Gateway to the Classics: The Red Indian Fairy Book by Frances Jenkins Olcott
The Red Indian Fairy Book by  Frances Jenkins Olcott



As for little Star-Boy, soon after his mother died, his grandparents died too, and he was left alone, poor and neglected. And though he was very beautiful of form, his face was disfigured by a long and ugly scar. So the people called him Scar-Face.

As he grew older, the scar showed more plainly, and the people of the camp laughed at him, and mistreated him in every way. But he was brave of heart, and, when he became a man, he was a great hunter.

Now, the Chief of his tribe had a lovely daughter, and every young man who saw her, wished her for his lodge. But she was proud, and would marry no one. Scar-Face, too, loved her, but dared not tell her so, because he was ugly.

But one day he found her by the river, pulling rushes for baskets, and he drew near, and spoke. "I have no wealth or pemmican. I live by my bow and spear. Yet I love you. Will you dwell in my lodge and be my wife?"

Then the Chief's daughter laughed, and looked at his scar. "Yes," she said, "I will marry you—but not until you remove that scar from your face!"

Poor Scar-Face was greatly mortified by her unkind words, but his heart was hopeful, and he hastened away from the river. He went to the lodge of an old Medicine Woman, who dwelt far away on the broad green prairie. And he begged her to remove the scar from his face.

"That I may not do," said she, "for it was placed there by the Sun. He only can remove it."

"And how may I reach the abode of the Sun?" asked Scar-Face.

"Take these moccasins and pemmican," said the Old Medicine Woman, "and travel to the Big Sea Water. Sit down on its shore, and wait three days, then shall you learn how to reach the Sun's abode."

So Scar-Face thanked her for her kindness, and taking the pemmican, and putting on the moccasins, he hastened and crossed the trackless prairie. Day after day he climbed mountains, or passed through wide forests. At last he reached the Big Sea Water. He sat down on the shore, and waited three days, and on the third day, when the Sun was sinking below the distant edge of the Sea, he beheld a shining trail that led to the Sun's abode.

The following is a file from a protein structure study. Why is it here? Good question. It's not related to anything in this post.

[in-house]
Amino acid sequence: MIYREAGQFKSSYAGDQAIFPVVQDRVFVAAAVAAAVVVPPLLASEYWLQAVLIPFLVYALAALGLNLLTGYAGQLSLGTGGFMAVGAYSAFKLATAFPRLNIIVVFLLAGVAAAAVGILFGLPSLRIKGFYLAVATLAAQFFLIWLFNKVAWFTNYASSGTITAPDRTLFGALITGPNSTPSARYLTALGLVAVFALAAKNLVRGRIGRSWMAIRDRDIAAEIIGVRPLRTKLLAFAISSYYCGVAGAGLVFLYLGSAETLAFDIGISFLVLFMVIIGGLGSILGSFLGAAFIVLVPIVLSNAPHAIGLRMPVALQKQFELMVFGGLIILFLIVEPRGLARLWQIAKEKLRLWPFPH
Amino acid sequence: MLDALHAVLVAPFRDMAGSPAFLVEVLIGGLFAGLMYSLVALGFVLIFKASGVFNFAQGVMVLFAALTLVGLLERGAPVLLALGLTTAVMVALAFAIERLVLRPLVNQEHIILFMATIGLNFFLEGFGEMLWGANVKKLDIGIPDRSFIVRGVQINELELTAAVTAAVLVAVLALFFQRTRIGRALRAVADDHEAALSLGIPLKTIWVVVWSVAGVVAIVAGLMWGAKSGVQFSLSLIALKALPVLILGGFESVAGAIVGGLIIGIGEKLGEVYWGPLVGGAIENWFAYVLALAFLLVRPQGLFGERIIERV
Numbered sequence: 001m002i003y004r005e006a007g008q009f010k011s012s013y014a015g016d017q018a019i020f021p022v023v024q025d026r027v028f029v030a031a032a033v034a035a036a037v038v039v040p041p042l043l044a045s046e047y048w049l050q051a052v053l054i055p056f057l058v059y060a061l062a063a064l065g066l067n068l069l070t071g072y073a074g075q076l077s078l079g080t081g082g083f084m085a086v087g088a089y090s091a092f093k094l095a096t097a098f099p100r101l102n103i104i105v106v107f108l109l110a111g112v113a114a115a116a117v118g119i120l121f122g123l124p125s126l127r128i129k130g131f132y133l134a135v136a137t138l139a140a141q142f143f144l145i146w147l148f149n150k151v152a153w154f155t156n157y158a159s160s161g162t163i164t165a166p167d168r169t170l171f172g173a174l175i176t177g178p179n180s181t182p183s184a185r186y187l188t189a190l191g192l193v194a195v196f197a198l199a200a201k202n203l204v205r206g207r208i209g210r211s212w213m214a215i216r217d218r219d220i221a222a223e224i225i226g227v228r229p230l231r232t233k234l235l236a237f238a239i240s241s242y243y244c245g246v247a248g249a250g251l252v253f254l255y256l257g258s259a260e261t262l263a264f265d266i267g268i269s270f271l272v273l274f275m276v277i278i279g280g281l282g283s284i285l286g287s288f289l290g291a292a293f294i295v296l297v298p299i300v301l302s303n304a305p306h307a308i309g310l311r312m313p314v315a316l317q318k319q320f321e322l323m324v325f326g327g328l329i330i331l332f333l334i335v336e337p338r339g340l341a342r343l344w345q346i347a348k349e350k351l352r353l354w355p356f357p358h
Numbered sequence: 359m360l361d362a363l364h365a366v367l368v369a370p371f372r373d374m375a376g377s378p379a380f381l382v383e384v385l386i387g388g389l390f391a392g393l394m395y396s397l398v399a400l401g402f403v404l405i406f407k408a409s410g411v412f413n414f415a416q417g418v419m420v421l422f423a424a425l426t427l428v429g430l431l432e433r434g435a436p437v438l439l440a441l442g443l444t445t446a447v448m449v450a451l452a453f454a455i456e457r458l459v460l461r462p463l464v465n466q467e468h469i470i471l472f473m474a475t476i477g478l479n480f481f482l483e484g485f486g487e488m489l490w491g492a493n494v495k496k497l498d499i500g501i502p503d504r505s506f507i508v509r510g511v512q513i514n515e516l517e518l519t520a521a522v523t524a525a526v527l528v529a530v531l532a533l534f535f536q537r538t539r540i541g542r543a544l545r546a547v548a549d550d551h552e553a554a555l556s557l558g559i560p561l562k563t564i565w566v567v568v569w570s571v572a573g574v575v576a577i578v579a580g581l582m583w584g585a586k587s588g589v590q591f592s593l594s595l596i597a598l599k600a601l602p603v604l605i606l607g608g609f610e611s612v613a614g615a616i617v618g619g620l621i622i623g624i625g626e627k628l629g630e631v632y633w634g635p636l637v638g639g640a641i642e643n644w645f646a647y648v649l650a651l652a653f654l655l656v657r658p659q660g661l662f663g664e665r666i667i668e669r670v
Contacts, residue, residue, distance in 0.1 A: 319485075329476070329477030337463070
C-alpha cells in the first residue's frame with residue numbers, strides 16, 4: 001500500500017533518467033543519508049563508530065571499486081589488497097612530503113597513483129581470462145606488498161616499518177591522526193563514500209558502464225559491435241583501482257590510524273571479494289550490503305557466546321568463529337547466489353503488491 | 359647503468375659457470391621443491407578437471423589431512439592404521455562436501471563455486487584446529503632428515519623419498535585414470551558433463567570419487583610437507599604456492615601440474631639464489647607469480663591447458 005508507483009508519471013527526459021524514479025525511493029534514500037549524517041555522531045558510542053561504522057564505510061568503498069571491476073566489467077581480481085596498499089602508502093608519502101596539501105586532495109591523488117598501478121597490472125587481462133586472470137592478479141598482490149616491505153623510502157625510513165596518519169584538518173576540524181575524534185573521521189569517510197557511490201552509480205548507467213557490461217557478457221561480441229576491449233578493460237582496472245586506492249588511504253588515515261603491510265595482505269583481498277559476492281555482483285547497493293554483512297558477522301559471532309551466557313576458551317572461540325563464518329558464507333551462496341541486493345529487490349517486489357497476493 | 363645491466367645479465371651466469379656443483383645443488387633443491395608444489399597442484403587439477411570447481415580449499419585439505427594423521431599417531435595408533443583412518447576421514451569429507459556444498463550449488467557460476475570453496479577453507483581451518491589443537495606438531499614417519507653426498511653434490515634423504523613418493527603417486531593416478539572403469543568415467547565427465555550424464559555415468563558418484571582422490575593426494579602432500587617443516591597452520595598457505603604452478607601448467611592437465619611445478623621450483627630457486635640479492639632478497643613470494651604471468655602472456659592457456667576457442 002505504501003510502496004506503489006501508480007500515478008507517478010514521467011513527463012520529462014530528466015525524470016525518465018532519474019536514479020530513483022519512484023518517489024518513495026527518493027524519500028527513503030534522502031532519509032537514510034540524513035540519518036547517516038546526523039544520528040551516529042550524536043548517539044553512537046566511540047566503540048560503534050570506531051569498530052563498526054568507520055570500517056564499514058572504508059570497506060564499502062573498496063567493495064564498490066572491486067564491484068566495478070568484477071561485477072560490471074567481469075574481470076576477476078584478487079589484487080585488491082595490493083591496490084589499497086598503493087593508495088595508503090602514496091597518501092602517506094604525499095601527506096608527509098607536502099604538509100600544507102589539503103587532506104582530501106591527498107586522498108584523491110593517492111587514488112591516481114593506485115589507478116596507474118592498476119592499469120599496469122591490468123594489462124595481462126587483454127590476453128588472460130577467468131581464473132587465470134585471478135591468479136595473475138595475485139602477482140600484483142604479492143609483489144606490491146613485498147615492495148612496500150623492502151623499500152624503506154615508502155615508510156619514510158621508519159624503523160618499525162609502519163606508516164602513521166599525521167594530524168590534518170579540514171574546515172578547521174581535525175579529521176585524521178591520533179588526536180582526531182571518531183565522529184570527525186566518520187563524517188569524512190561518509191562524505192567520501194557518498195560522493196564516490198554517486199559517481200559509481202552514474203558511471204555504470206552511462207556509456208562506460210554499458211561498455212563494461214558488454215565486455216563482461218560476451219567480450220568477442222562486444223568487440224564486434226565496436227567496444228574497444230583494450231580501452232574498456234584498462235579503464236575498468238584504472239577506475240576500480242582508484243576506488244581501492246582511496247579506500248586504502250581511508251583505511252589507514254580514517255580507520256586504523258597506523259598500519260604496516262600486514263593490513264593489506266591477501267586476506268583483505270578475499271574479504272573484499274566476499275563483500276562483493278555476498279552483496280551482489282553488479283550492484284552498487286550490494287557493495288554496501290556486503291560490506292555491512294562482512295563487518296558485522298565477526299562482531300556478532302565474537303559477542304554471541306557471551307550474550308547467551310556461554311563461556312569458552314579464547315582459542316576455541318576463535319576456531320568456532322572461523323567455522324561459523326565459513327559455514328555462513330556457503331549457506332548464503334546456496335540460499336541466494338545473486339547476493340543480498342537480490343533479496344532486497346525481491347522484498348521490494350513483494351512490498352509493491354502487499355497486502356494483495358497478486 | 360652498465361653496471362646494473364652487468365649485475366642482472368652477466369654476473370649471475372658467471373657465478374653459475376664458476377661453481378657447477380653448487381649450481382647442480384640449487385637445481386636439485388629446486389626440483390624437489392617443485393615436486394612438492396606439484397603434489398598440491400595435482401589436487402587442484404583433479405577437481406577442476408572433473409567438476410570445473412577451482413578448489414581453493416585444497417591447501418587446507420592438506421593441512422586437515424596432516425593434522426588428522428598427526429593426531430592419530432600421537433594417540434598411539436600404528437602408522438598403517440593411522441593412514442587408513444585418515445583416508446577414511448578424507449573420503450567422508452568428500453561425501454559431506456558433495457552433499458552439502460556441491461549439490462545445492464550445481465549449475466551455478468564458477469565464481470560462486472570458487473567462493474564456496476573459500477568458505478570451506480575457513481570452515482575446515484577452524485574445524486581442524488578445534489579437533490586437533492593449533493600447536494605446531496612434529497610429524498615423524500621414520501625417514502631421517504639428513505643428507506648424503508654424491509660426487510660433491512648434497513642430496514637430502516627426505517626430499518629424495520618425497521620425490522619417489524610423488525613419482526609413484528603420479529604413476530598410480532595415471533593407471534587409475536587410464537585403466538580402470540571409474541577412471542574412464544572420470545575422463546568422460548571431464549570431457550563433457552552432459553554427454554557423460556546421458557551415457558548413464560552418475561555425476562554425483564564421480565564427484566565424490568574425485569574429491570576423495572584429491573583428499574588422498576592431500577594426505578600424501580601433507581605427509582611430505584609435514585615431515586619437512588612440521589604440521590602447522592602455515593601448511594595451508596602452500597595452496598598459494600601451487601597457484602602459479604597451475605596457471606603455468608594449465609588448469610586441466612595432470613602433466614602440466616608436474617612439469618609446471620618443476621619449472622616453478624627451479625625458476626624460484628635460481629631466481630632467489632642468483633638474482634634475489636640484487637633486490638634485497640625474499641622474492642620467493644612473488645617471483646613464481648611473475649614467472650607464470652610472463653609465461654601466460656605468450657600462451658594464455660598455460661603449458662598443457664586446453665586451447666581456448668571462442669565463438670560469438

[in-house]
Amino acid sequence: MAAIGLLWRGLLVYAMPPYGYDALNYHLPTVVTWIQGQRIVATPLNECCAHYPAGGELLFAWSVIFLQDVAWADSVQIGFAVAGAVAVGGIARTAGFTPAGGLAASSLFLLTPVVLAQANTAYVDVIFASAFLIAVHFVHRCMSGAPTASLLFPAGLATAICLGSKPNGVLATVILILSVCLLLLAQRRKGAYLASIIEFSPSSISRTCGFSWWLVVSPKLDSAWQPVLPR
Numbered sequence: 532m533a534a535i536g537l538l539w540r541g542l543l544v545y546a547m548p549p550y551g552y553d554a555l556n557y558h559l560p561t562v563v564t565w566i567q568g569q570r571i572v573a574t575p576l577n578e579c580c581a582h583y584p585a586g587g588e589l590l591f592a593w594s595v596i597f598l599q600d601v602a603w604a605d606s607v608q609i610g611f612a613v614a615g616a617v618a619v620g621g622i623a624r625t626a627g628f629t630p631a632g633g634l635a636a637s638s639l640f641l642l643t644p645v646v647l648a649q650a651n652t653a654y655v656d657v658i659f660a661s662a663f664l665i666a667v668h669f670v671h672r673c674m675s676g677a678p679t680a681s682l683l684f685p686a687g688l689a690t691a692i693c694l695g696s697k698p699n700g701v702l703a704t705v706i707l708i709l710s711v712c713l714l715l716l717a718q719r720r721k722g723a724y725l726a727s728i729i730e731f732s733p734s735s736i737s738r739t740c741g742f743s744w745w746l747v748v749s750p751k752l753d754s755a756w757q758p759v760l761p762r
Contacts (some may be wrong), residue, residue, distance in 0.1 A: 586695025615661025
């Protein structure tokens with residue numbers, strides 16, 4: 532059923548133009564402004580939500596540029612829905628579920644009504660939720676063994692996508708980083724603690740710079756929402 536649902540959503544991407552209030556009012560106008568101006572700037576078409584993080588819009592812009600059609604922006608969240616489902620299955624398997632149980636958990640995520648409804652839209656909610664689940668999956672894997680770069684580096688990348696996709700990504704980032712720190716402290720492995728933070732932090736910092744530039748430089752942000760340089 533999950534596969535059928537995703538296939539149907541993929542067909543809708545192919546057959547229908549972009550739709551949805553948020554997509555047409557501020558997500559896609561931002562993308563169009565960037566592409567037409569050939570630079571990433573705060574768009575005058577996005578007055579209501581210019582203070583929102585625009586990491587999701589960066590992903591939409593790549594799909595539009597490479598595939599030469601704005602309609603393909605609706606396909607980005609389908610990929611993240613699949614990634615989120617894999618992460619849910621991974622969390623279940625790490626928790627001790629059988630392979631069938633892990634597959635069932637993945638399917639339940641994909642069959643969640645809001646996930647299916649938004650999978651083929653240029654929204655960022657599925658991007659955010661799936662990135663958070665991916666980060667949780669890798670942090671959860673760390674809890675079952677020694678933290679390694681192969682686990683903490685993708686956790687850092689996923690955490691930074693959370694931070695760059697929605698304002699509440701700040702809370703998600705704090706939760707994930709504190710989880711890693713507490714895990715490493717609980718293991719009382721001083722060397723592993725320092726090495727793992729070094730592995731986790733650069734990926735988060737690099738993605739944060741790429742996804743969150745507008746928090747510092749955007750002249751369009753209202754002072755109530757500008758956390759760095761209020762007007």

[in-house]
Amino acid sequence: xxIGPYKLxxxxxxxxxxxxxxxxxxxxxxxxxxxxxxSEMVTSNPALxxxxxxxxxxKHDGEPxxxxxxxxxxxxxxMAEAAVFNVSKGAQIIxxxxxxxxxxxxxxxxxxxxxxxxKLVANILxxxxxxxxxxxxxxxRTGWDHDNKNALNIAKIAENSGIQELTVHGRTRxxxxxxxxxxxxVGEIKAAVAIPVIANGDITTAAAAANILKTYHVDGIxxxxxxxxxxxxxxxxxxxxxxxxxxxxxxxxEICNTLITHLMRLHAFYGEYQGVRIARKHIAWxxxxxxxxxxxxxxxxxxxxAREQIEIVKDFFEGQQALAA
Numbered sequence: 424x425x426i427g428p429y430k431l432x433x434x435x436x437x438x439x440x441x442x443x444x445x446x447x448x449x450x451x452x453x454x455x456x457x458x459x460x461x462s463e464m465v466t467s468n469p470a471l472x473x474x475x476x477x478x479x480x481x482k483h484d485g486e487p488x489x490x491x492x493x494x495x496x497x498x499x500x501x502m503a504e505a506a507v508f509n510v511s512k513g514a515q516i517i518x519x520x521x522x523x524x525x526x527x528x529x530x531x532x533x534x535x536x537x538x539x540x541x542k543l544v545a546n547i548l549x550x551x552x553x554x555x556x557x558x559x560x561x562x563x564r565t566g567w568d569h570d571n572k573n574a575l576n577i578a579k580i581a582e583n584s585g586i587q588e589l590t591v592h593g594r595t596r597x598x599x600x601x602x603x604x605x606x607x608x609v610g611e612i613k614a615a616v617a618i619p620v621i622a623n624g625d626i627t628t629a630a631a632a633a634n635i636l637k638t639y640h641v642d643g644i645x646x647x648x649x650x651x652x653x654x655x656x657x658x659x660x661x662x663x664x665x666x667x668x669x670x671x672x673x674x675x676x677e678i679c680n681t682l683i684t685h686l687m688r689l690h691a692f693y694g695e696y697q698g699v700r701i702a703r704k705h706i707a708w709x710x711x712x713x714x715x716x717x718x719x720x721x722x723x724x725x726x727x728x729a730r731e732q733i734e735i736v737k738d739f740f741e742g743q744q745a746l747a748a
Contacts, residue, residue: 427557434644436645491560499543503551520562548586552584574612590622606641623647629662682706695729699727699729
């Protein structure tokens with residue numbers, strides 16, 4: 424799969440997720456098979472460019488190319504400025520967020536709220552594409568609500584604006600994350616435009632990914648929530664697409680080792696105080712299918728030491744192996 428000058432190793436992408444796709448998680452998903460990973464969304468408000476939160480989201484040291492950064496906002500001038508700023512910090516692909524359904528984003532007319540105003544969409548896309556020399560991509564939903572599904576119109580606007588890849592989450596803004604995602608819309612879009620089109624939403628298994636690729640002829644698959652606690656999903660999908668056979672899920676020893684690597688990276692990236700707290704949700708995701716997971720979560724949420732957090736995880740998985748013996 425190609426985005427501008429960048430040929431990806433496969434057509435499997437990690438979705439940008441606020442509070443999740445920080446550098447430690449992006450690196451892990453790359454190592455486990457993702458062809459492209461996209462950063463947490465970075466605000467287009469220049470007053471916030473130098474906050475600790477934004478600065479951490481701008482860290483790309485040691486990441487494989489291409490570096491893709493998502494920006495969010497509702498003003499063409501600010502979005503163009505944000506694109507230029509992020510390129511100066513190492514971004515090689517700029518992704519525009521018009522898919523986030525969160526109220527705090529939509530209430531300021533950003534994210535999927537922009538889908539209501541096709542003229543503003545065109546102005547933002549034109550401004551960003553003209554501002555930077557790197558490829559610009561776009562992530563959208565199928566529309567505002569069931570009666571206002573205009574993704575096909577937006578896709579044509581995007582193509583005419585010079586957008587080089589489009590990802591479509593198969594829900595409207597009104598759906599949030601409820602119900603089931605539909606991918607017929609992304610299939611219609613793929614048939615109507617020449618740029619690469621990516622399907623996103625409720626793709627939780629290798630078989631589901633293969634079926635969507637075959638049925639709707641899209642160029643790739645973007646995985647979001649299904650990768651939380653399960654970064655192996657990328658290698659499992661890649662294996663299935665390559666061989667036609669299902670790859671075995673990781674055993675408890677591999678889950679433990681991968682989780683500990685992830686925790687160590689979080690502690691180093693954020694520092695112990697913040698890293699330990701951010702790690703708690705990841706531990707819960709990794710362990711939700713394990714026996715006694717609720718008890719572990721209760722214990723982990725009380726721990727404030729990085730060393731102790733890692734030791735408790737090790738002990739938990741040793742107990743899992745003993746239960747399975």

Scar-Face rose up rejoicing, and travelled along the trail, and soon found himself in the Sky Land, standing before the lodge of the Sun. All night he hid himself outside the lodge, and in the morning the Moon came home from wandering through the Sky, and the Sun left the lodge to light the Earth.

When the Sun saw Scar-Face, he did not know that the young man was his grandson. As he perceived that Scar-Face had come from the Earth Country, he was about to slay him with his burning rays. But the Moon pitied the youth, and urged her husband to spare his life.

Then Morning Star came forth from the lodge, and knew his son. He led him inside, and the Moon fed and clothed Scar-Face. And after that he lived happily with his father and grandparents in the shining lodge. And each day he hunted with Morning Star. But the Sun warned them both not to go near the Big Sea Water, for two monster birds dwelt there, who were waiting to kill Morning Star.

One day when Scar-Face and his father were hunting as usual, they forgot and drew near to the Big Sea Water. Then the two monster birds swooped down, uttering savage cries. They tried to kill Morning Star, but Scar-Face slew them both with his arrows, and so rescued his father.

Then the grateful Sun removed the scar from the young man's face, and placed two raven-plumes in his hair. Morning Star gave him a magic flute, the sweet song of which would win for Scar-Face the love of the Chief's daughter. After that the Sun sent him back to Earth along the trail of the Milky Way.

Scar-Face hastened to the camp of his people. He played on the magic flute; and the Chief's daughter heard its sweet song, and joyfully followed him. He took her with him to the shining lodge of the Sun in the distant Sky Land. And there each morning Scar-Face and Morning Star travel together through the Sky.

 Table of Contents  |  Index  |  Home  | Previous: The Star Bride  |  Next: Ahneah the Rose Flower
Copyright (c) 2005 - 2023   Yesterday's Classics, LLC. All Rights Reserved.